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Minerva Psichiatrica 2018 March;59(1):1-9

DOI: 10.23736/S0391-1772.17.01951-3


language: English

Moderation of psychological factors in the relationship of increased fruit and vegetable intake with reductions in other food groups and weight in obese women

James J. ANNESI 1, 2

1 YMCA of Metro Atlanta, Atlanta, GA, USA; 2 Department of Health Promotion and Physical Education, Kennesaw State University, Kennesaw, GA, USA


BACKGROUND: Although attempts to increase fruit and vegetable consumption are common within behavioral weight-loss treatments, corresponding effects on other aspects of the diet and weight loss remain unclear. This study aimed to investigate these effects, along with assessing moderating impacts of changes in theory-based psychological factors associated with a cognitive-behavioral treatment.
METHODS: Women with obesity (N.=67; mean age 48 years) volunteered to participate in a year-long, group-based, weight-loss treatment that emphasized building self-efficacy for attaining and maintaining dietary changes.
RESULTS: Both from baseline to month 6 and from baseline to month 12, increased intake of fruits and vegetables predicted a mean reduction in weight of 6.1 kg (-6.4% of initial weight) and 5.4 kg (-5.8% of initial weight), respectively. Mediation of these relationships by changes in the consumption of meats/proteins, breads/grains, dairy products, and sweets was significant, with change in the intake of sweets being a significant independent mediator. Over 6 months, increase in self-efficacy for healthy eating significantly moderated the effects of fruit/vegetable intake on changes in the consumption of sweets. Over 12 months, reduction in emotion-based eating was a significant moderator of that relationship.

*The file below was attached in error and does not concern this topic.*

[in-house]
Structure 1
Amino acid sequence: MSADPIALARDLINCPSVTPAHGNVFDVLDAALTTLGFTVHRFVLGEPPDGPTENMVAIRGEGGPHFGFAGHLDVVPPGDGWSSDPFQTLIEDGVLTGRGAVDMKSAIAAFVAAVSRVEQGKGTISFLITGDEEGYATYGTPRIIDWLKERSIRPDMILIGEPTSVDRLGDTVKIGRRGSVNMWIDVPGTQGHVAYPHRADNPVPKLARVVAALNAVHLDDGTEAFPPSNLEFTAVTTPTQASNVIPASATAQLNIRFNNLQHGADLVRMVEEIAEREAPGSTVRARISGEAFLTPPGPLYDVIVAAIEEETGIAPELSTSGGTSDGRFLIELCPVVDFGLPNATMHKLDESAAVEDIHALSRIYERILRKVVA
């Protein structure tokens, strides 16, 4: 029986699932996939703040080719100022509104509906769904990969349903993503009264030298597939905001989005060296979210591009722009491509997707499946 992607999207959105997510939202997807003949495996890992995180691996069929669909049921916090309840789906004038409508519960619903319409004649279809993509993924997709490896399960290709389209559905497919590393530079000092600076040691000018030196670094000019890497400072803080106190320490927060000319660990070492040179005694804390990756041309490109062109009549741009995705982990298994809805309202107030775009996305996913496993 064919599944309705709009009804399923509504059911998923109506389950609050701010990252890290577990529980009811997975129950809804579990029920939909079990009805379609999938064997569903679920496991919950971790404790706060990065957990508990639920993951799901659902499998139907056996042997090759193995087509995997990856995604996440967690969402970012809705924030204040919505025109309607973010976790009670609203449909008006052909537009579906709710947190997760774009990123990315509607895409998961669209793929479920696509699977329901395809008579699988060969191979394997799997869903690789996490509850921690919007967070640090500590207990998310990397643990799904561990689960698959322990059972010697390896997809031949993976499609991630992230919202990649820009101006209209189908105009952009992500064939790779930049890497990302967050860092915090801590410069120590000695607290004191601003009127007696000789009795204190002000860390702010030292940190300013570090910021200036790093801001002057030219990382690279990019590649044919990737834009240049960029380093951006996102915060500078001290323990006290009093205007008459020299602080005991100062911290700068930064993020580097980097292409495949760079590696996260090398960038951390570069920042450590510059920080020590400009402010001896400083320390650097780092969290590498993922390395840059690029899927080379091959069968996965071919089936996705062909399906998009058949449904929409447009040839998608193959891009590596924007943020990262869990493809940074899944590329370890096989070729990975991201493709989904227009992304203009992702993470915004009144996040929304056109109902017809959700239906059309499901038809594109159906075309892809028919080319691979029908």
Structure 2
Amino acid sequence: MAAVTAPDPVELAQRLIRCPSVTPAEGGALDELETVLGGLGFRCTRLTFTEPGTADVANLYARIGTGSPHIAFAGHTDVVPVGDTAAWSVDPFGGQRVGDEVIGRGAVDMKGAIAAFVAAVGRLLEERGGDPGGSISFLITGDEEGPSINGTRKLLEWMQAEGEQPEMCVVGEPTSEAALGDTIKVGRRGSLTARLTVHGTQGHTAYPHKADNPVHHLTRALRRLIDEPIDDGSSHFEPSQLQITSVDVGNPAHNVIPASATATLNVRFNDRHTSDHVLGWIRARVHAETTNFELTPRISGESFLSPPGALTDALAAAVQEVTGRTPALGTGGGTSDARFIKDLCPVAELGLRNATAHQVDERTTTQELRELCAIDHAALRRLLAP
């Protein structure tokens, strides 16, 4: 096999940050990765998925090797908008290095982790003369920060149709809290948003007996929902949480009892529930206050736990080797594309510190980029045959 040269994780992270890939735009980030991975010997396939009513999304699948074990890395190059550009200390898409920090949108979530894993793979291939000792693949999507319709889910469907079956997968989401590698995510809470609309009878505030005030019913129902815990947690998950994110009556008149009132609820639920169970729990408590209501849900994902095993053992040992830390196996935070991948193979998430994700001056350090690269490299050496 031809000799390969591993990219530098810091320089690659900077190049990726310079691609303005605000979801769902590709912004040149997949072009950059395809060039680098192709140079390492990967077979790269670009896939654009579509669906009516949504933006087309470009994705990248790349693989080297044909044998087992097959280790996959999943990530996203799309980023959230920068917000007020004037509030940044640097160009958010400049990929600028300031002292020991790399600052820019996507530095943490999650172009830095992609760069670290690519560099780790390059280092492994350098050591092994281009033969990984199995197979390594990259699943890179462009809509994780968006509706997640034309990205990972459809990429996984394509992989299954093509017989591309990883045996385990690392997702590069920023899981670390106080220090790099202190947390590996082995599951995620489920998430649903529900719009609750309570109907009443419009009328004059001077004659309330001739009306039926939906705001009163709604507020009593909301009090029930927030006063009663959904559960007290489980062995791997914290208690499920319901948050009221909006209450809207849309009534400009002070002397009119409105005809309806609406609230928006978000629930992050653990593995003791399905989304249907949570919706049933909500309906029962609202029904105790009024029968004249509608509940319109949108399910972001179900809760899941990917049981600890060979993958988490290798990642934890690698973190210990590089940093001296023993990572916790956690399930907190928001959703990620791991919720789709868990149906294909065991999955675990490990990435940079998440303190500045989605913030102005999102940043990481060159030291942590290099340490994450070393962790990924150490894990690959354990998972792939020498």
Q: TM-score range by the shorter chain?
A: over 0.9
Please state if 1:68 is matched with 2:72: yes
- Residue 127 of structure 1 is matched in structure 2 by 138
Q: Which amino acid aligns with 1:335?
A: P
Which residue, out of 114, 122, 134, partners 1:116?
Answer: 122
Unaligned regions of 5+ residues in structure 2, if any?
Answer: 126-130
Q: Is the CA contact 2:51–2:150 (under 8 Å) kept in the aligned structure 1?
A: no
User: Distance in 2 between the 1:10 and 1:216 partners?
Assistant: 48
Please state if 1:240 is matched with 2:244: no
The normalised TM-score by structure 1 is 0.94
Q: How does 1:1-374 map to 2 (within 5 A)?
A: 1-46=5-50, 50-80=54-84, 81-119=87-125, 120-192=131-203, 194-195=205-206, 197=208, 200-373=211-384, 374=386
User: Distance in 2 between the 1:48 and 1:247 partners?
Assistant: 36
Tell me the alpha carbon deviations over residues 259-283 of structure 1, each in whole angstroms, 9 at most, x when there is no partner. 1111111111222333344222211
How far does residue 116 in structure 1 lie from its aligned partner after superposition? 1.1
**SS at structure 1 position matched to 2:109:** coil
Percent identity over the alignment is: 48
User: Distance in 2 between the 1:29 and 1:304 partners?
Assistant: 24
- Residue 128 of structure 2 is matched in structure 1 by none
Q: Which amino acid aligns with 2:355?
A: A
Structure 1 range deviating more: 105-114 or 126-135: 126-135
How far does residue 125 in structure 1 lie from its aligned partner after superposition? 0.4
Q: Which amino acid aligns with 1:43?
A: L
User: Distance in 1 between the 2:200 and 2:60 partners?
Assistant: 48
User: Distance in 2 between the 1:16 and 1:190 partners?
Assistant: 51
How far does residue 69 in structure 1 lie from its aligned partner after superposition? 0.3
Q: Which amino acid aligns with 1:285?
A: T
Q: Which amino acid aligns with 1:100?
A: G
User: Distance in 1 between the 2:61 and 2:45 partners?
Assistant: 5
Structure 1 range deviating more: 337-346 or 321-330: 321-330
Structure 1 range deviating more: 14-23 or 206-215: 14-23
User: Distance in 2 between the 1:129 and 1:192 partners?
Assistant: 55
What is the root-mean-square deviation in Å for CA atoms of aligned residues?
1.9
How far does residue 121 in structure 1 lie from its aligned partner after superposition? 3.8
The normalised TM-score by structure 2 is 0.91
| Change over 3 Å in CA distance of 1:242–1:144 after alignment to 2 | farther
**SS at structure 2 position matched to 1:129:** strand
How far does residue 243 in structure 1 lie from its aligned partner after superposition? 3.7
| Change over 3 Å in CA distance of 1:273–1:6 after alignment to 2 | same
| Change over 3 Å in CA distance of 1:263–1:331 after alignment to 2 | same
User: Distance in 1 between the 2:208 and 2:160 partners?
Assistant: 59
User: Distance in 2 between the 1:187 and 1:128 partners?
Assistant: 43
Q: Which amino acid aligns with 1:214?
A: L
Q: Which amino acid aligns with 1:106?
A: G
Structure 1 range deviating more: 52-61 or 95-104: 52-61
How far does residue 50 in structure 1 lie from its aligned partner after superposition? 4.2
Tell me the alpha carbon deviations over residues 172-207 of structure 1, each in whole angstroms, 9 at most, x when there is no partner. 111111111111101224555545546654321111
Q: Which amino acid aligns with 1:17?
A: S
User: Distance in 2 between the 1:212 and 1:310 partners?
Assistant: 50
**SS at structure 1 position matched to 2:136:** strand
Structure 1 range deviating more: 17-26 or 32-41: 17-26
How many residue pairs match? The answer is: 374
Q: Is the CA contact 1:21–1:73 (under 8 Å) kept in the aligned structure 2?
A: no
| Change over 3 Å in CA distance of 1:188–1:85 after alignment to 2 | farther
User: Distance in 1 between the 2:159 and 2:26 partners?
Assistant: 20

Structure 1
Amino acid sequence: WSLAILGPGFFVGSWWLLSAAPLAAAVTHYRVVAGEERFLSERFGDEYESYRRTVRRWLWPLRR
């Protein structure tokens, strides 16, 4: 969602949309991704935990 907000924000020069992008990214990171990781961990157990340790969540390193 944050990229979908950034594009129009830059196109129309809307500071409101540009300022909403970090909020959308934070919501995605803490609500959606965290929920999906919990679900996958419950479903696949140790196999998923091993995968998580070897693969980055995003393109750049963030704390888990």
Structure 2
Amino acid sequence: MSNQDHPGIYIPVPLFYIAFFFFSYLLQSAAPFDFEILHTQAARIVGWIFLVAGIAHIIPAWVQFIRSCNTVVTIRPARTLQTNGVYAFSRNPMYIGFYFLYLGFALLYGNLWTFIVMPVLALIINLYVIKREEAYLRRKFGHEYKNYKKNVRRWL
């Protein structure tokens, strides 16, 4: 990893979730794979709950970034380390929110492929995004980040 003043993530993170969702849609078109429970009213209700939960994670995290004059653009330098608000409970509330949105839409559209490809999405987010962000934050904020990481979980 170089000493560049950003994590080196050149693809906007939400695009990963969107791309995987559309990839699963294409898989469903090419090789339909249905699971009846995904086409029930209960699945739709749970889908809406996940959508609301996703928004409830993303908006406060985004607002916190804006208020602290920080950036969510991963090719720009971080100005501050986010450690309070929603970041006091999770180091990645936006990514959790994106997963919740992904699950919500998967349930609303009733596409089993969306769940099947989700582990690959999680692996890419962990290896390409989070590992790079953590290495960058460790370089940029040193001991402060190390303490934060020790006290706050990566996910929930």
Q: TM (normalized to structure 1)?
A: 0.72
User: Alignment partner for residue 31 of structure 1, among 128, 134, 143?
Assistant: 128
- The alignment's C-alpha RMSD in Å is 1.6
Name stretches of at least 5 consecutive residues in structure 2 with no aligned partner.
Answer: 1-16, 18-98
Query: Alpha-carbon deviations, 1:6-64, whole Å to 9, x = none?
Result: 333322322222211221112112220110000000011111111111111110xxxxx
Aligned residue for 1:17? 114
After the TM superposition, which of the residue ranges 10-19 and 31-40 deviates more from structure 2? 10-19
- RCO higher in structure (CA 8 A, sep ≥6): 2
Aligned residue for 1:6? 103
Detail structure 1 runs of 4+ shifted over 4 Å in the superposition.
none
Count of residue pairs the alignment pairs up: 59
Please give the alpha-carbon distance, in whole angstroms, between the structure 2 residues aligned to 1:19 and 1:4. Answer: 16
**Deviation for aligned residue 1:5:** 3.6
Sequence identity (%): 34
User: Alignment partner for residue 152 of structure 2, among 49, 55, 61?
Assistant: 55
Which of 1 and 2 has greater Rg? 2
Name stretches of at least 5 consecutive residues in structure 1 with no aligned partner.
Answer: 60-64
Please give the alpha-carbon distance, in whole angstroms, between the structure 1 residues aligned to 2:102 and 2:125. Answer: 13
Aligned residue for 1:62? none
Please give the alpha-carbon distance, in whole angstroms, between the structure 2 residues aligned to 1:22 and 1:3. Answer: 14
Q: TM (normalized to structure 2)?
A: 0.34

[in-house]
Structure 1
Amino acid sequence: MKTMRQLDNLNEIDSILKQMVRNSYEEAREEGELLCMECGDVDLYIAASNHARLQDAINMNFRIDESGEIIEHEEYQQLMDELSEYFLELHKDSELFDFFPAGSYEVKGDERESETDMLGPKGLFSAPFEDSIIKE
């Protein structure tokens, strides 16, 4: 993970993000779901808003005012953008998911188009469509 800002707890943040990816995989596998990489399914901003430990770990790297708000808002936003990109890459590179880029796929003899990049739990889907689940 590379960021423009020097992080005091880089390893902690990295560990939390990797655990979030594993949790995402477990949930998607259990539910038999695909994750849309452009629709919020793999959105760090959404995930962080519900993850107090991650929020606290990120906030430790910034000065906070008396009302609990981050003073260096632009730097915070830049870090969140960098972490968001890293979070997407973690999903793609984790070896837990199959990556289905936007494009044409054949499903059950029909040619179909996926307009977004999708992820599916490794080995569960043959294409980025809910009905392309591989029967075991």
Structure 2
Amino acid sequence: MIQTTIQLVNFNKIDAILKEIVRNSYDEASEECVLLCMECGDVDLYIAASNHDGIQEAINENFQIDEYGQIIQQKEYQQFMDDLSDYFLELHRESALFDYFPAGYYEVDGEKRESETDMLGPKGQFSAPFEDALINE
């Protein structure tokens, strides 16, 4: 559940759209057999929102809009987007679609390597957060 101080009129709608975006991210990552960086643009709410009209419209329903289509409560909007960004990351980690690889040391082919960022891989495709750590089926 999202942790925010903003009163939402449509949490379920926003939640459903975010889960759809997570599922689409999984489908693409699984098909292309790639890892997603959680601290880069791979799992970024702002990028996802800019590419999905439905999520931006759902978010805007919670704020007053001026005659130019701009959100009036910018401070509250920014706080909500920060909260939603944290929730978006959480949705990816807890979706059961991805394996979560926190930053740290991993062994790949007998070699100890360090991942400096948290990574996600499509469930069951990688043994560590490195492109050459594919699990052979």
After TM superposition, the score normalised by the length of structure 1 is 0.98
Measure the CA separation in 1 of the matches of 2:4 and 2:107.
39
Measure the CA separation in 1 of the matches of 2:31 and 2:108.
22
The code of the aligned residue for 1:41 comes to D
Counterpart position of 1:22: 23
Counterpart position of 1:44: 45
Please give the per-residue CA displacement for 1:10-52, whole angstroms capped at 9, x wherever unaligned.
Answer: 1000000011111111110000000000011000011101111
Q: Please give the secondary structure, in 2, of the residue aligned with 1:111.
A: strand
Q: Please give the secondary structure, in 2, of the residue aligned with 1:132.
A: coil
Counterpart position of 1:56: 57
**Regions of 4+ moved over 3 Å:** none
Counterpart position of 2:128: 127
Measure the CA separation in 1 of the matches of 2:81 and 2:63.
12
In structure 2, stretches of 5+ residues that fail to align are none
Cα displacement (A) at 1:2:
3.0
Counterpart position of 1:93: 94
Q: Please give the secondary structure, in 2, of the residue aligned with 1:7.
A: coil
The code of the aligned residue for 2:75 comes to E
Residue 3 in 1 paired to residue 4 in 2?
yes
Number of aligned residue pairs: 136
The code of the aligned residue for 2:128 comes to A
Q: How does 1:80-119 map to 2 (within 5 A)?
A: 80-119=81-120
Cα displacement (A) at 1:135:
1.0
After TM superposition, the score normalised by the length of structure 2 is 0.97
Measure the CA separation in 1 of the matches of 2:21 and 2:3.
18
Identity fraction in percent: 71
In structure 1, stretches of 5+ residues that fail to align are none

CONCLUSIONS: Findings that the positive impact of increased fruit and vegetable intake on weight occurred through effects on the consumption of other food groups have important implications for future treatment foci. Additionally, the moderating effects of treatment-associated changes in self-efficacy for healthy eating and emotion-based eating on that relationship further defined priorities for architectures of improved behavioral weight-loss interventions.

KEY WORDS: Self-efficacy - Emotional eating - Nutrition - Obesity

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